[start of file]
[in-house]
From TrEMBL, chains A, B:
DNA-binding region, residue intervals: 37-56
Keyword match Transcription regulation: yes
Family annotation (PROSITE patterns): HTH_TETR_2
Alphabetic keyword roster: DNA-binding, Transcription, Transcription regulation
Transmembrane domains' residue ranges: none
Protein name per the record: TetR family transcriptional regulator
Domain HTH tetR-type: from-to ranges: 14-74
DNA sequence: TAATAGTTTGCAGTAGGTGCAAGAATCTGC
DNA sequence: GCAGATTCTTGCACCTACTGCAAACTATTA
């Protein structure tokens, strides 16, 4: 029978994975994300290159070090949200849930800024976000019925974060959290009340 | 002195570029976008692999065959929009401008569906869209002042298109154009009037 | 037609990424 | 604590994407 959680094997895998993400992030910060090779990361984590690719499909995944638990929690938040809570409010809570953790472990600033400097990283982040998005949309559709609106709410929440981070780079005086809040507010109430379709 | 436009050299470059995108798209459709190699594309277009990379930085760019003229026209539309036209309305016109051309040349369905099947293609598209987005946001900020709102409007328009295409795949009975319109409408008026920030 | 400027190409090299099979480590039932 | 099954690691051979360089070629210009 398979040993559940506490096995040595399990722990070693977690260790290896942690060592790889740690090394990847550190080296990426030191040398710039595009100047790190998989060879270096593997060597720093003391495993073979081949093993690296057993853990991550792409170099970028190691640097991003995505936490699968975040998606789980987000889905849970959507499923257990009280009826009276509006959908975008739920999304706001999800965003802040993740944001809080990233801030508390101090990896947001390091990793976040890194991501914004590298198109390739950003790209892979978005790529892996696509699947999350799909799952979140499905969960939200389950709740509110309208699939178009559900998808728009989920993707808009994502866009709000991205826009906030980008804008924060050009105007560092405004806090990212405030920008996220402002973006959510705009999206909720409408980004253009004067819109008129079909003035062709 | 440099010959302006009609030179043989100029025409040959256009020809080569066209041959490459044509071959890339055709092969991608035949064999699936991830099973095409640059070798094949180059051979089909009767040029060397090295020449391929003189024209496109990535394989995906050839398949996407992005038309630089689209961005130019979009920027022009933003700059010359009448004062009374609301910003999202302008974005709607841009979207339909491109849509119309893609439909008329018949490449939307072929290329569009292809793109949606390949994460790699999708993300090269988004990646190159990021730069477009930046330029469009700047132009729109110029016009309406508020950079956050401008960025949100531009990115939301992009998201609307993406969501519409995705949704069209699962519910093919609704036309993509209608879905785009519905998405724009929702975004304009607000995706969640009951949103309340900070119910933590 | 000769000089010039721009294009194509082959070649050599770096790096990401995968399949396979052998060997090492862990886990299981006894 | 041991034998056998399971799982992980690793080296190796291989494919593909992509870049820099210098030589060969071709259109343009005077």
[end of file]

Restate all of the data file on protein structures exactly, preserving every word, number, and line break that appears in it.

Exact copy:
[in-house]
From TrEMBL, chains A, B:
DNA-binding region, residue intervals: 37-56
Keyword match Transcription regulation: yes
Family annotation (PROSITE patterns): HTH_TETR_2
Alphabetic keyword roster: DNA-binding, Transcription, Transcription regulation
Transmembrane domains' residue ranges: none
Protein name per the record: TetR family transcriptional regulator
Domain HTH tetR-type: from-to ranges: 14-74
DNA sequence: TAATAGTTTGCAGTAGGTGCAAGAATCTGC
DNA sequence: GCAGATTCTTGCACCTACTGCAAACTATTA
């Protein structure tokens, strides 16, 4: 029978994975994300290159070090949200849930800024976000019925974060959290009340 | 002195570029976008692999065959929009401008569906869209002042298109154009009037 | 037609990424 | 604590994407 959680094997895998993400992030910060090779990361984590690719499909995944638990929690938040809570409010809570953790472990600033400097990283982040998005949309559709609106709410929440981070780079005086809040507010109430379709 | 436009050299470059995108798209459709190699594309277009990379930085760019003229026209539309036209309305016109051309040349369905099947293609598209987005946001900020709102409007328009295409795949009975319109409408008026920030 | 400027190409090299099979480590039932 | 099954690691051979360089070629210009 398979040993559940506490096995040595399990722990070693977690260790290896942690060592790889740690090394990847550190080296990426030191040398710039595009100047790190998989060879270096593997060597720093003391495993073979081949093993690296057993853990991550792409170099970028190691640097991003995505936490699968975040998606789980987000889905849970959507499923257990009280009826009276509006959908975008739920999304706001999800965003802040993740944001809080990233801030508390101090990896947001390091990793976040890194991501914004590298198109390739950003790209892979978005790529892996696509699947999350799909799952979140499905969960939200389950709740509110309208699939178009559900998808728009989920993707808009994502866009709000991205826009906030980008804008924060050009105007560092405004806090990212405030920008996220402002973006959510705009999206909720409408980004253009004067819109008129079909003035062709 | 440099010959302006009609030179043989100029025409040959256009020809080569066209041959490459044509071959890339055709092969991608035949064999699936991830099973095409640059070798094949180059051979089909009767040029060397090295020449391929003189024209496109990535394989995906050839398949996407992005038309630089689209961005130019979009920027022009933003700059010359009448004062009374609301910003999202302008974005709607841009979207339909491109849509119309893609439909008329018949490449939307072929290329569009292809793109949606390949994460790699999708993300090269988004990646190159990021730069477009930046330029469009700047132009729109110029016009309406508020950079956050401008960025949100531009990115939301992009998201609307993406969501519409995705949704069209699962519910093919609704036309993509209608879905785009519905998405724009929702975004304009607000995706969640009951949103309340900070119910933590 | 000769000089010039721009294009194509082959070649050599770096790096990401995968399949396979052998060997090492862990886990299981006894 | 041991034998056998399971799982992980690793080296190796291989494919593909992509870049820099210098030589060969071709259109343009005077």